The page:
Friday, May 9, 2014

Videos: This is How I Envision Gunpowder Weapons in My D&D Games

The subject of gunpowder weapons in fantasy RPGs leads to a lot of debate.  In the first ever game I played in, gunpowder didn't work because the gods didn't like it and simply caused it not to work--except for the god of the sea who loved the noise.  So, gunpowder only worked at sea.  Pirates, HO!

Anyway, I 'm okay with gunpowder in fantasy games, but not excited about it.  I don't want to see castles and plate armor made obsolete.  So first off I make gunpowder an expensive alchemical magical product.  Making gunpowder is not simple chemistry with ordinary materials, it requires arcane magical processes.  Thus gunpowder is not only relatively expensive but only available through certain sources.  In my current game all gunpowder has to be imported from far off foreign lands, making supplies uncertain.  And since gunpowder weapons are fairly rare, proper gunsmiths are also rare.  Your typical blacksmith can usually copy an example but if working from an inexpert oral description the resulting product may be prone to bursting.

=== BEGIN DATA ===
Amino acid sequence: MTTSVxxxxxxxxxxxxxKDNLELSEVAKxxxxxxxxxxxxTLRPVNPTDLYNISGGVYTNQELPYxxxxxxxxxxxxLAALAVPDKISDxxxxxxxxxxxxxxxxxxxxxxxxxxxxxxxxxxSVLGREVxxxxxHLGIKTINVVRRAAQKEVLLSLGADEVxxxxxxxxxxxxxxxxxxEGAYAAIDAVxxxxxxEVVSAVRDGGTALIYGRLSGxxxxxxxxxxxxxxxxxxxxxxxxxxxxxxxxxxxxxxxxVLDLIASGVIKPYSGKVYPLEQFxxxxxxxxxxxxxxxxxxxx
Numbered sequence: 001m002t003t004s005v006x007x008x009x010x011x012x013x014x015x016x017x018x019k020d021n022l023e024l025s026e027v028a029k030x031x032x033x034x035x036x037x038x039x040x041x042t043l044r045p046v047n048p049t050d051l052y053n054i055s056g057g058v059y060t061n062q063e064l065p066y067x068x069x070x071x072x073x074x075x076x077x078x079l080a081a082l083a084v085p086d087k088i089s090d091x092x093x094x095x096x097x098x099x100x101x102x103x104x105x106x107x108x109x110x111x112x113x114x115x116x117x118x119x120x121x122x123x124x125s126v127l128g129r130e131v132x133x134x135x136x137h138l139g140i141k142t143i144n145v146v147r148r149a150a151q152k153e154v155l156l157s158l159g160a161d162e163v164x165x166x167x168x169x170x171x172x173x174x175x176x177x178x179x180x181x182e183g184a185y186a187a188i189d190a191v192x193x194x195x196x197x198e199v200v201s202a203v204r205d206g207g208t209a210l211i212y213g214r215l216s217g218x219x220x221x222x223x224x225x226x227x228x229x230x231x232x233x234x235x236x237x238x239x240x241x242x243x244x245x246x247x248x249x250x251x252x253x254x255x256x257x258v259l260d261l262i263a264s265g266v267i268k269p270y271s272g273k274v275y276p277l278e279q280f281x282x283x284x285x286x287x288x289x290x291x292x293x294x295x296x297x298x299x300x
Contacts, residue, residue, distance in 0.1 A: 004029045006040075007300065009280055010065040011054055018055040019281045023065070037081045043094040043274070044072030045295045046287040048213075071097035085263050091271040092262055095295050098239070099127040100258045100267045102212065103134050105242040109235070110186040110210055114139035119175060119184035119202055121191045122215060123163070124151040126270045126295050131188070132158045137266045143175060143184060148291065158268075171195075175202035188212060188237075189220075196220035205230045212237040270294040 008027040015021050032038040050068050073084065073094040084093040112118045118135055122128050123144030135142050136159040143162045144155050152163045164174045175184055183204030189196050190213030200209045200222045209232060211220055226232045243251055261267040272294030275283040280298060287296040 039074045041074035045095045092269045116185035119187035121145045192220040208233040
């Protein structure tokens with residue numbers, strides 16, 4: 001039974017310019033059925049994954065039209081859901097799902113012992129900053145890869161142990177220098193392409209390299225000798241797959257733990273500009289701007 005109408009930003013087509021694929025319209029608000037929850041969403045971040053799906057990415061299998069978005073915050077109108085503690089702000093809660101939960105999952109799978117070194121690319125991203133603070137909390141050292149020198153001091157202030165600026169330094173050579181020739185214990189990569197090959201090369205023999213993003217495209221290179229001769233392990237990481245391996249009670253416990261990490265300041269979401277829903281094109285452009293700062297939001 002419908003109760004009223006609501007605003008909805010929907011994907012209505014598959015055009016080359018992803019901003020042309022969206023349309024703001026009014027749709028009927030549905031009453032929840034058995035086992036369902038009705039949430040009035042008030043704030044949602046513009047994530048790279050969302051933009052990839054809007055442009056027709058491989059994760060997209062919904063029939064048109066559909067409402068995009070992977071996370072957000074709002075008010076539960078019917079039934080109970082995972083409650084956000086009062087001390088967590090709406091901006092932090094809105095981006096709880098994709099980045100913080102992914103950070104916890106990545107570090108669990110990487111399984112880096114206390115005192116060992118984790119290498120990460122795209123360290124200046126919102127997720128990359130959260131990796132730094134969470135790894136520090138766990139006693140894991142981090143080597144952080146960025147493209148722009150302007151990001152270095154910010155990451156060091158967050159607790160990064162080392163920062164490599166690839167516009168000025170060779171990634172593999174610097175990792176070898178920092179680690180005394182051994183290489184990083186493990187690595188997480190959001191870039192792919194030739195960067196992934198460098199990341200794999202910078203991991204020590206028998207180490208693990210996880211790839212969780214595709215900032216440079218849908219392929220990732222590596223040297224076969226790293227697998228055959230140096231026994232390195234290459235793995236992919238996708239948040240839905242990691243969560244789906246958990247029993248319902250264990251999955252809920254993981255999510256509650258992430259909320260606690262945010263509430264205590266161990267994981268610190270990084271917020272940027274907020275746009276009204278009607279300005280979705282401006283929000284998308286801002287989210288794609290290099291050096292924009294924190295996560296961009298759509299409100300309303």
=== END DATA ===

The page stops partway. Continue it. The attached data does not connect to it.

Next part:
I also like to make firearms primitive, like they were in the late 1400s and early 1500s.  It's handgonnes rather than flintlock muskets.  More like in this European medieval re-enactor video or in the early part of this Japanese re-enactor video.

For Old School Hack, my current game design obsession, I would make them Heavy weapons.  It gives them more damage than an ordinary weapon but makes them clunky to carry and use.

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